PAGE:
As I packed there was a little bird hanging around, and it was a little inquisitive, flitting from the ground onto my gear and onto the kayak. The friendly little thing reminded me of an Australian wagtail. I launched into the narrow river at 9.10am, and moved by a house on the right and another which had a whole tree in their back yard that had been carved into an eagle. It was a pretty amazing sculpture but it destroyed a tree. I don’t believe I have seen that done before, not to a tree in your own garden. A kingfisher was flying between the trees and a deer was grazing on a grass patch downstream.
As the river started to widen there were hundreds of petite ducks scampering across the water and hardly getting airborne. The water was turned into a sea of ripples like a carrot grater. As I turned a bend, to go towards a bridge, I had great views on the surrounding hills with the Big Belt Mountains being in the far distance. I passed a boat ramp and camping ground just before York Bridge and after passing under it, the river narrowed into a gorge and the scenery was spectacular with high cliffs.
Beavers had been busy felling trees just before I reached a pleasant isolated picnic area situated in a small cove, on the east side of the river in the Helena National Forest. Within a few miles I was out of the special scenery as the river widened and the hills were formed further back. Then on the right side I moved by piles of rock tailings, which I assumed were left over from some mining or quarry venture. Further along slithery weed was thick in the water and as I paddled I would lift the thin stalks in the air with my blades. At the same time about 4 light planes and 2 helicopters flew over and across the river on the left where I could see a good camp spot and boat ramp.
I reached Houser Dam at 1.00pm. It was a hot portage, but it didn’t take me long to walk my gear to a flat spot opposite a house. It was easy out and easy in. An information board said the dam broke through on 14th April 1908 a year after being built and caused severe flooding and damage downstream, but luckily authorities were able to warn people downstream and it saved a lot of people. A second dam was built on the site in 1908 and opened in 1911 and comprises the current structure. The current Hauser Dam is 700 feet (210 m) long and 80 feet (24 m) high.
There were 2 fishermen and 2 deer just downstream of the dam. I paddled by them and suddenly the scenery became quite spectacular but only a few kilometres later the current died as the river widened and started turning into a small lake with a few houses, a marina and boat ramp over to my right.
As I headed north to north east, I approached an area called the ‘Gates of the Mountains’ which was named by Lewis and Clarke when they came from upstream. Sitting out on the water I could see mountains from 5000 to near 8000 ft surrounding me. The way ahead though took my interest as I was approaching a stunning set of cliffs and rock walls that seemed to have blocked the river’s path. I strained to see where the river went, it seemed blocked by the rock walls, although I knew from the map it must be there somewhere. I got closer to the spectacular high cliffs and finally I could see the rock walls open up and the river cutting through the cliffs.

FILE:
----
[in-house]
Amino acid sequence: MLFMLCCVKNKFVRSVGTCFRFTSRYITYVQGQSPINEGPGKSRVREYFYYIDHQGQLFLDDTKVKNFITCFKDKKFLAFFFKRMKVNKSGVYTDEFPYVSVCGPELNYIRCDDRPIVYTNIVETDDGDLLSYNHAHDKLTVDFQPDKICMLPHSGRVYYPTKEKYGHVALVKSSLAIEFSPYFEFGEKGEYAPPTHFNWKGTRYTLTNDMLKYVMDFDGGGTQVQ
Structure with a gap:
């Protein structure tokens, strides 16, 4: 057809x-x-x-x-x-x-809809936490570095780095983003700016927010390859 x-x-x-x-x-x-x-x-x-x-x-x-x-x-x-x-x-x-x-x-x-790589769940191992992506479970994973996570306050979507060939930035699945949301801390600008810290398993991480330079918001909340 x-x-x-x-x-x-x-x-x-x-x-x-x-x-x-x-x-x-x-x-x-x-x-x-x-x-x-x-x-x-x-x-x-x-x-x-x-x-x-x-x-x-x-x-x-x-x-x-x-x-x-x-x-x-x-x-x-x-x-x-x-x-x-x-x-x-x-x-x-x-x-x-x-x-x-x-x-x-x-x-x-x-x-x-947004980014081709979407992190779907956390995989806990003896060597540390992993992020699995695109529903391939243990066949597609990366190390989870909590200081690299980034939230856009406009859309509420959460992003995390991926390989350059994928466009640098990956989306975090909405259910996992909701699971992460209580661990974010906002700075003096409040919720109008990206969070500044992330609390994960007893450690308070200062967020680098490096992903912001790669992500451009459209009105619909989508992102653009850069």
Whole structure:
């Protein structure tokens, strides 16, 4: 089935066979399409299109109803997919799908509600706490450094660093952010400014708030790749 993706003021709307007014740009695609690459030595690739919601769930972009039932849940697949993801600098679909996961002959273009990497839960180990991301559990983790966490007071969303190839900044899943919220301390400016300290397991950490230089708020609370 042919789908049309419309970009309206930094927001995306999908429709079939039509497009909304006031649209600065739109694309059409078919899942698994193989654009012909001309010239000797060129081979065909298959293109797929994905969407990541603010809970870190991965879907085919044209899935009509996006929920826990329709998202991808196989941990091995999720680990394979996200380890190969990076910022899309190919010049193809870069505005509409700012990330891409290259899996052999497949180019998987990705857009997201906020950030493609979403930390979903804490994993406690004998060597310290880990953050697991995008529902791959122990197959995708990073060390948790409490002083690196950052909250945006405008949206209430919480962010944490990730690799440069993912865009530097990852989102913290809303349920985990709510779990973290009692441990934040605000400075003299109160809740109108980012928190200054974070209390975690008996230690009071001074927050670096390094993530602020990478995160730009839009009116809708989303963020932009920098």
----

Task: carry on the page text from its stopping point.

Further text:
I entered the narrow gorge and found vertical cliffs running along the river’s edge honeycombed with holes and pine trees that grew in every crevice. The deep green pine trees at the top of the cliffs contrasted beautifully with the blue sky above. The cliffs at times rose vertically from the water and at other places there were rock falls and when the cliffs edged away from the river pockets of vegetation and pine trees grew. I passed a few good camp sites in the breaks in the cliffs and under the pine trees. As I drifter through the narrow impressive gorge, the blue grey cliffs were so close and imposing I could see every nook and cranny and somehow I felt part of the environment. Of course I wasn’t, but for a few minutes I could daydream and get pleasure from my stunning surrounds and imagine if it was any different when the local Indian Tribes used to live and hunt in the area. As I passed Coulter Camp, which looked a fantastic place to stay, I thought I should stay there the night, but with the sun still high in the blue, partly clouded sky I carried on.
A few boats motored by, and as I reached the Meriwether Recreation picnic area, which was on the right, on a left hand bend, a tour boat was just leaving. A rugged gully forged up the mountain range on the corner and behind the picnic area. It was truly a spectacular, special place, so much so that I didn’t want the gorge to end and leave such magnificence behind. I was hoping it was going to go on for several miles yet.
July 19, 1805 from the diary of Lewis & Clark
this evening we entered much the most remarkable clifts that we have yet seen. these clifts rise from the waters edge on either side perpendicularly to the hight of 1200 feet. every object here wears a dark and gloomy aspect. the tow[er]ing and projecting rocks in many places seem ready to tumble on us. the river appears to have forced it’s way through this immence body of solid rock for the distance of 5¾ miles and where it makes it’s exit below has thrown on either side vast collumns of rock mountains high. the river appears to have woarn a passage just the width of it’s channel or 150 yds. it is deep from side to side nor is ther in the 1st 3 miles of this distance a spot except one of a few yards in extent on which a man could rest the soal of his foot.